To see the capital of Spain from above, it is worth riding the Teleferico Madrid cable car. In winter, there are practically no lines, the weather is clear, and the visibility is excellent. If going in the evening, you can enjoy the stunning Madrid sunset.
In eleven minutes the cable car covers 2.5 km, reaching a maximum height of 40 meters. The final destination of the Teleferico is Casa del Campo road and park where you can go with a family to walk, hike, run, bike or have a picnic.
Casa de Campo park is huge and it is very possible to spend the entire day there. In winter though, with winds and rain, spending longer periods of time may not be that pleasant but many people still enjoy a brisk walk combined with a ride in a cable car.
Visit Royal Palace of Madrid
Like many royal residences in Europe, the main function of Royal Palace is host official events. However, on many occasions, it is actually open for tourists and guests. The building is beautiful in itself, but inside it strikes with exquisite interiors and a rich collection of works of art.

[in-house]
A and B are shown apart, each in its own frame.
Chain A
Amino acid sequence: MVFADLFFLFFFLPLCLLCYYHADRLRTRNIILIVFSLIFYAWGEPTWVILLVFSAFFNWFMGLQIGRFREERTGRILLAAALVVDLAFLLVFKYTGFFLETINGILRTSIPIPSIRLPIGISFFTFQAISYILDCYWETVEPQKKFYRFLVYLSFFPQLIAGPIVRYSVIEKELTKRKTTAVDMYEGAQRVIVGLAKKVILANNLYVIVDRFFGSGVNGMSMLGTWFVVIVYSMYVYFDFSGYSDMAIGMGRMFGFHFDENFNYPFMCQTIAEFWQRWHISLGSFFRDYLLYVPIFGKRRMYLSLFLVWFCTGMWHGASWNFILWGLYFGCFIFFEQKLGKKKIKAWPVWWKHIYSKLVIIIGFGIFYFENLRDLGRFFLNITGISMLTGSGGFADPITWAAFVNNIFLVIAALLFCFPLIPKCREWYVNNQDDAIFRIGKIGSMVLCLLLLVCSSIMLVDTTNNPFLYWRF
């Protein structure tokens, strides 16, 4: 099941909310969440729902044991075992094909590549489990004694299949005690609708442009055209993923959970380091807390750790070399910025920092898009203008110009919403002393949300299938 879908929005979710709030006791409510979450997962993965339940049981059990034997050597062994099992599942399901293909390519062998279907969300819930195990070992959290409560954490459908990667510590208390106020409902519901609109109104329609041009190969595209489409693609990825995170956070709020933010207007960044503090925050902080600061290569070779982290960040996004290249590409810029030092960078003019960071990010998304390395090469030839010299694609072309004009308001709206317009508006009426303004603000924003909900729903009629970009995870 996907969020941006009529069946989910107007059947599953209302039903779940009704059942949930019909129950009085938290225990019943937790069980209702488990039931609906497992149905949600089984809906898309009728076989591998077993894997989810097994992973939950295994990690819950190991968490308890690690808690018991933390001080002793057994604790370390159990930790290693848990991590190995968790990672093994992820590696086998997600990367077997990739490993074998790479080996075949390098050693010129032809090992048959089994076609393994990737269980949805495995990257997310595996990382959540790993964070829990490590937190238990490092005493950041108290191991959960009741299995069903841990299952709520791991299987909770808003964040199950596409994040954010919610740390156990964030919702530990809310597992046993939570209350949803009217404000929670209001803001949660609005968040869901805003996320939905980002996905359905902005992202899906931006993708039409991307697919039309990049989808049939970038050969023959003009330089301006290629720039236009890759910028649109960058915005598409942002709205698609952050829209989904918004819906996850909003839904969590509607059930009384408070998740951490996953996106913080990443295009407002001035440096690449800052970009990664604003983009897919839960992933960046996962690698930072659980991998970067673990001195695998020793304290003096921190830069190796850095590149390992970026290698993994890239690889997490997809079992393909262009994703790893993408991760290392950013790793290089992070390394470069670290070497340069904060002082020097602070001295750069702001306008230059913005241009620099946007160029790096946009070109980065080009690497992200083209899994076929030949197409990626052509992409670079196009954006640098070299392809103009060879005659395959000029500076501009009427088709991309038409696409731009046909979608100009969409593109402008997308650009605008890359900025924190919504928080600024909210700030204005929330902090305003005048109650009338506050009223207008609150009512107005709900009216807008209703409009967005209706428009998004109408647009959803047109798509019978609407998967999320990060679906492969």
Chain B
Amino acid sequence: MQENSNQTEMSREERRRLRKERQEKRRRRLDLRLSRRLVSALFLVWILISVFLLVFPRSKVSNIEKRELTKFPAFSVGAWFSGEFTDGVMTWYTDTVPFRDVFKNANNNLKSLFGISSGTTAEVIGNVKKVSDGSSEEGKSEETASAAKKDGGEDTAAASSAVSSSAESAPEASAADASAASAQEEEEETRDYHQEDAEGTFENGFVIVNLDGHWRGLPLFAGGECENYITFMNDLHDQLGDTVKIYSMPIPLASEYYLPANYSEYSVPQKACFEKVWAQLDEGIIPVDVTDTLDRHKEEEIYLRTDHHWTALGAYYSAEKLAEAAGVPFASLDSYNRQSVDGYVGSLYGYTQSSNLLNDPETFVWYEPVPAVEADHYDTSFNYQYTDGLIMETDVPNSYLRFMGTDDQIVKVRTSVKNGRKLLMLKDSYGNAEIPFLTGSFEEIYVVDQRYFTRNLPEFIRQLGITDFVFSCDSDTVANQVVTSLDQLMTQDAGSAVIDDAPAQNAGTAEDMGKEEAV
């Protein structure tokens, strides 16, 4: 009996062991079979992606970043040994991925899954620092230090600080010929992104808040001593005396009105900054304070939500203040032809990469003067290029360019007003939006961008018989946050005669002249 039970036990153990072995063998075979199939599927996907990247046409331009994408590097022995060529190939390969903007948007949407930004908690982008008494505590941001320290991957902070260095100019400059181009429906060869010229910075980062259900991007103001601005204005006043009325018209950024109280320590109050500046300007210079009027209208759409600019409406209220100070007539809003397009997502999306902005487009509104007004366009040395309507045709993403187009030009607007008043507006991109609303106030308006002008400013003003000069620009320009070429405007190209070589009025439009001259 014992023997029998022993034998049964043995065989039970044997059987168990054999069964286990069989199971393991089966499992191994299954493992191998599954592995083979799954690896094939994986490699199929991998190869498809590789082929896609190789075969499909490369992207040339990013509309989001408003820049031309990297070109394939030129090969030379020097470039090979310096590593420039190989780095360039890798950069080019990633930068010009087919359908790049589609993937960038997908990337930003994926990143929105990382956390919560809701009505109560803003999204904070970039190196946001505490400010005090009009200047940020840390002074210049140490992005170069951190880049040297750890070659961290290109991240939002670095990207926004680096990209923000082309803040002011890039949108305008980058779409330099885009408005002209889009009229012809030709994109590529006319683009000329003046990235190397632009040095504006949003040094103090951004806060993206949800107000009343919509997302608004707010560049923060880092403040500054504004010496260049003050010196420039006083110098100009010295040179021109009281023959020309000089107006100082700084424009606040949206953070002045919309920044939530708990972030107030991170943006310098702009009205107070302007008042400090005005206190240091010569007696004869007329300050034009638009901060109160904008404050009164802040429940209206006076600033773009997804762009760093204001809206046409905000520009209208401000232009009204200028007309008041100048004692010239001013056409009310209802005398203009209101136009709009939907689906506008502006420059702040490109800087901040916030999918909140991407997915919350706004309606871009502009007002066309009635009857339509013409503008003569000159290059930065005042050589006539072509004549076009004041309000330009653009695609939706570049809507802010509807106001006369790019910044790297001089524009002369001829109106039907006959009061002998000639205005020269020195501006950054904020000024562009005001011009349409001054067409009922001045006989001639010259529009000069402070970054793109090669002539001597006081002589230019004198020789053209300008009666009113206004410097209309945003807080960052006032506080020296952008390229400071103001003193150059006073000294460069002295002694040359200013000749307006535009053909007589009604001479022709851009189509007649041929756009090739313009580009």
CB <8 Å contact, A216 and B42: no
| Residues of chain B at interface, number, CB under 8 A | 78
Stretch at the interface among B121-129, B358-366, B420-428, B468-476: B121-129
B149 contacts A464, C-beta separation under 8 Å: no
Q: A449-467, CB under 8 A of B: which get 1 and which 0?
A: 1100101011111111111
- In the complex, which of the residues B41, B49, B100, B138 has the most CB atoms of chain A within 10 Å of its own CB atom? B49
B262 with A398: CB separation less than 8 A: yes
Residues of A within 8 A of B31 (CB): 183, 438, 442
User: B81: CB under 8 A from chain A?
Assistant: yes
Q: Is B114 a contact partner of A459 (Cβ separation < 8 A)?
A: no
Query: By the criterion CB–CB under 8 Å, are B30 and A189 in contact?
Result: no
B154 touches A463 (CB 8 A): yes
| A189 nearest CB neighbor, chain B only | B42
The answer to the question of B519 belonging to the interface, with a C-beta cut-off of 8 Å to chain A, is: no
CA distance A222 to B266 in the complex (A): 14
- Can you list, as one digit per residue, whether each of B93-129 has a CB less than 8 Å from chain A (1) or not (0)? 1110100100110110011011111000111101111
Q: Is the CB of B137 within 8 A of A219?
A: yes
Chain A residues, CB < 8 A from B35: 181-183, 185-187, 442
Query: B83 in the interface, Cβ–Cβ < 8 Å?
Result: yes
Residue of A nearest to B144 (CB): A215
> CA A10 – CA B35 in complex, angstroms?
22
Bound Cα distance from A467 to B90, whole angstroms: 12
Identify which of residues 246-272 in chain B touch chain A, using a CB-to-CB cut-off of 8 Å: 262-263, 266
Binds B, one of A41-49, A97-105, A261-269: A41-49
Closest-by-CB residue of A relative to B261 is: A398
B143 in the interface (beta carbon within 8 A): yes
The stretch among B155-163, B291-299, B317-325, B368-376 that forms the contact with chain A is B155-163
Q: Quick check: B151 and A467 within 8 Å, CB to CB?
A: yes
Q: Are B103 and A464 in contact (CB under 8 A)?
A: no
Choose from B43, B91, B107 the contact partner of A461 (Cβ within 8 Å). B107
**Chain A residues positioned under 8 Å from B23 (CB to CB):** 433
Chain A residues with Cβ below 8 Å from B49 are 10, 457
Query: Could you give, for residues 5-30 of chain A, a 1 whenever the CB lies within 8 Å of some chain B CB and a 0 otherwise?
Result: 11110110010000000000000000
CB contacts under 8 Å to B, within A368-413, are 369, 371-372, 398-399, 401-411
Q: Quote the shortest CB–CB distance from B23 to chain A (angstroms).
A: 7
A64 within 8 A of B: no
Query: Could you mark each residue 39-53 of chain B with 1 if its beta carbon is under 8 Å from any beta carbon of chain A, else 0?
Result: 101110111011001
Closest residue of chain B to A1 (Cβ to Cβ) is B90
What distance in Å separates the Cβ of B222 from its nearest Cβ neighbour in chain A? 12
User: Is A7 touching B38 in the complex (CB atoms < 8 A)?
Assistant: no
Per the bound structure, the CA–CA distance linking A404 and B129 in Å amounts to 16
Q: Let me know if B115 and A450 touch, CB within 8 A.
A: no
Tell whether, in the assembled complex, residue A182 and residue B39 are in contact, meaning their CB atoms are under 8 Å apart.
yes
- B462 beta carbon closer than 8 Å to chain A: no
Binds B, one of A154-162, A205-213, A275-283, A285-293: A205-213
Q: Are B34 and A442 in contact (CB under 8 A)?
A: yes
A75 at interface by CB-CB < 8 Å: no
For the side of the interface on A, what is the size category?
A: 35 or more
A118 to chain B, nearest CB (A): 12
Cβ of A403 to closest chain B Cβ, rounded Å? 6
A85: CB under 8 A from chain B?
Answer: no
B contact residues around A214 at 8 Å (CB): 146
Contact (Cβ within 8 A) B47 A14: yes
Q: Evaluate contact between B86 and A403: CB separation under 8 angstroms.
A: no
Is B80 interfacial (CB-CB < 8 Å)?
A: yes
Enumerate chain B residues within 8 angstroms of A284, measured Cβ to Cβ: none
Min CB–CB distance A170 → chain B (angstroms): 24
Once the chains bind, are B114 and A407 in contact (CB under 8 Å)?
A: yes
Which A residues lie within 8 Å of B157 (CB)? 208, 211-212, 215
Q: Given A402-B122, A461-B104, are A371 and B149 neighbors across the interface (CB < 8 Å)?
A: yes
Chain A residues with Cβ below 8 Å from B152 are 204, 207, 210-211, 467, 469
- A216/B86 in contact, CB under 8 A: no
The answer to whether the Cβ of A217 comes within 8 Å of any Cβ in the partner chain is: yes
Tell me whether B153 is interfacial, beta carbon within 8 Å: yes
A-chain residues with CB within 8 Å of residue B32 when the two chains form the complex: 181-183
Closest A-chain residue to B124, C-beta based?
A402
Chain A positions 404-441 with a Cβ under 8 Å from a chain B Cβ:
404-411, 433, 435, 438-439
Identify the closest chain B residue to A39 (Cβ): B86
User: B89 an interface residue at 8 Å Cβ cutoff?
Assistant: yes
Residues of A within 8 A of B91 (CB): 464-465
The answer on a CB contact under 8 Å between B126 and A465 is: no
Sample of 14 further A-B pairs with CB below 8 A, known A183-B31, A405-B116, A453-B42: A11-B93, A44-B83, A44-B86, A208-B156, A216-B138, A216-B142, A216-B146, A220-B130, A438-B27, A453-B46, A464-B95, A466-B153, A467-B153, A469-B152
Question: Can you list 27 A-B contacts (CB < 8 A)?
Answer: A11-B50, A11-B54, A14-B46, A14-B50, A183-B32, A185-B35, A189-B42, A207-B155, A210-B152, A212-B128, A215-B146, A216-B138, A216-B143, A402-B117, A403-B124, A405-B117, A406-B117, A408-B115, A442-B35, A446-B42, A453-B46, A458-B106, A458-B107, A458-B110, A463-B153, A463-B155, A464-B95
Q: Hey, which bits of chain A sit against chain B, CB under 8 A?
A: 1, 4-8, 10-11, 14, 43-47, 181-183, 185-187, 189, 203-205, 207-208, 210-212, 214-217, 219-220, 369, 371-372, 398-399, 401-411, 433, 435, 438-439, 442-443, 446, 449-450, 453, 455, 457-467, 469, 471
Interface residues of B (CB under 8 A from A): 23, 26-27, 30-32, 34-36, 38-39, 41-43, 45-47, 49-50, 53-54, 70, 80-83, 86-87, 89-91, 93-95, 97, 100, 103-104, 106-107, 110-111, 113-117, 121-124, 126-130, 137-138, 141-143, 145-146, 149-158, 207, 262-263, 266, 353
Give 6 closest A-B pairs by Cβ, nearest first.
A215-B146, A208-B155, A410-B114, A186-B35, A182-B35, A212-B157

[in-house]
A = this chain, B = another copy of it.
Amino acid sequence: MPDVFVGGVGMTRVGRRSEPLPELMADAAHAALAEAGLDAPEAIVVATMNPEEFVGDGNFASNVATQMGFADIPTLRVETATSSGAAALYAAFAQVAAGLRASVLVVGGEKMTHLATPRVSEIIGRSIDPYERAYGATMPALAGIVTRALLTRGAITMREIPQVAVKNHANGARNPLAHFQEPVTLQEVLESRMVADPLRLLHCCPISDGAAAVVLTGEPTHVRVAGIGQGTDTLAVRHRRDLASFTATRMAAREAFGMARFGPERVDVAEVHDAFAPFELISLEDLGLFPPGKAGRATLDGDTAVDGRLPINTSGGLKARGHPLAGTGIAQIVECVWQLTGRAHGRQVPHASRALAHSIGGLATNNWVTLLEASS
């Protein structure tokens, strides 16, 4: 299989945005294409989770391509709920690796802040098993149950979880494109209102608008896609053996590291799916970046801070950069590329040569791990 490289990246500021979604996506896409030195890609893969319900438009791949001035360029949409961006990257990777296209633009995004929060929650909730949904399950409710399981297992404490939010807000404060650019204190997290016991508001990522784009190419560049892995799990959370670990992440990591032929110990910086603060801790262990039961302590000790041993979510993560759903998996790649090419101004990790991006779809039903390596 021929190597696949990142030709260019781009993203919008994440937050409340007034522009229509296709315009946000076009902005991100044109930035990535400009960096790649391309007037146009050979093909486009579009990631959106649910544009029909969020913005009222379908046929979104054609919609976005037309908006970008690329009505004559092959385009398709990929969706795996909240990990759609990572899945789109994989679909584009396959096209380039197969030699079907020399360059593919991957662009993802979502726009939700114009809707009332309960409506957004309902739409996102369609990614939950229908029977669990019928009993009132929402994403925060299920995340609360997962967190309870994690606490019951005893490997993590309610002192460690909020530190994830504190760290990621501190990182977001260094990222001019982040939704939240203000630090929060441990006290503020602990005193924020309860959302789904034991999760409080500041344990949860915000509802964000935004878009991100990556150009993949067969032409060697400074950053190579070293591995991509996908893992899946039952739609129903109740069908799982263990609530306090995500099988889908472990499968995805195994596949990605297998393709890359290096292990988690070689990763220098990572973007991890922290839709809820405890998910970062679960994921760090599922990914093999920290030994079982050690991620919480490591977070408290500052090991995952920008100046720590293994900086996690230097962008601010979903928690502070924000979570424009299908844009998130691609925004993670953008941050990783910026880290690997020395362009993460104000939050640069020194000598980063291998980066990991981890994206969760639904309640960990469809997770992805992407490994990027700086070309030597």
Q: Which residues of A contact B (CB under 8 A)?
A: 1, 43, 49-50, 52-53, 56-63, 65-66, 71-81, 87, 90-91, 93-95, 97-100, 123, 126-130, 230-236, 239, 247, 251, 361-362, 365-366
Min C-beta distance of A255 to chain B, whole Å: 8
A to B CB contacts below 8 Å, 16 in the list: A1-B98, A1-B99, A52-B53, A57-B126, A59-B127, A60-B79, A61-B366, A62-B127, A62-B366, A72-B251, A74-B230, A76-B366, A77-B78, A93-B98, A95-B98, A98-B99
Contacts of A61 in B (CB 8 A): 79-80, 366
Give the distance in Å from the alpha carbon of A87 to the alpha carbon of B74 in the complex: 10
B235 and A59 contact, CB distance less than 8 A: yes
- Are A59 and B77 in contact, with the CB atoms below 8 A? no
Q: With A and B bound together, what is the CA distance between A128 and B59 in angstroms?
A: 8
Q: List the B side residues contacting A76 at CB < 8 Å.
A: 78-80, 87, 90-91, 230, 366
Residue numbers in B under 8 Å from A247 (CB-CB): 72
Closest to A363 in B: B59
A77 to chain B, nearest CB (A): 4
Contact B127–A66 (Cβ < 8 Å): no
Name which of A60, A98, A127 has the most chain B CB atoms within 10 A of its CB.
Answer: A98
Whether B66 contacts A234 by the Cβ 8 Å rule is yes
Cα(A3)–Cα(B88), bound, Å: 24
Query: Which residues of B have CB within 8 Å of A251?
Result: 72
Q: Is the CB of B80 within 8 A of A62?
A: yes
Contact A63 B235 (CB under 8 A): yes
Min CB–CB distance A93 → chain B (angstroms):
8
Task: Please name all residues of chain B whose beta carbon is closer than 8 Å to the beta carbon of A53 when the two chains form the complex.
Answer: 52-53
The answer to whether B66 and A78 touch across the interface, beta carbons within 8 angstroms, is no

Winter is the right time to visit and spend a few hours inside.
In addition, the palace has a museum and an observation deck which offers magnificent views of the city.
Inside the palace, you can see how the Spanish monarchs lived daily. The working hours in winter are from 09:30 to 17:00. Admission is €10 per adult and €5 per child.
Dine in One of the Oldest Restaurants in Madrid
Sobrino de Botin – is the oldest restaurant in the world. It was opened in 1725 and still operates until this day. A lot of people say it is in the Guinness Book of Records because of this fact.
The place is located in the heart of Madrid on Cuchilleros street, next to Plaza Mayor.
For three centuries, celebrities from different eras have been here. Hemingway loved it and Francisco de Goya, a Spanish romantic painter, and printmaker worked in this restaurant. In his early youth, even before he became an artist, he washed dishes here.
For three centuries Sobrino de Botin did not lose but increased its former glory – the restaurant is always full of visitors. Appetizing suckling pig, tender lamb, and signature cakes are cooked here and if you order any of that, it will be the greatest culinary experience of your life. To dine in the world’s oldest restaurant is a once in a lifetime experience.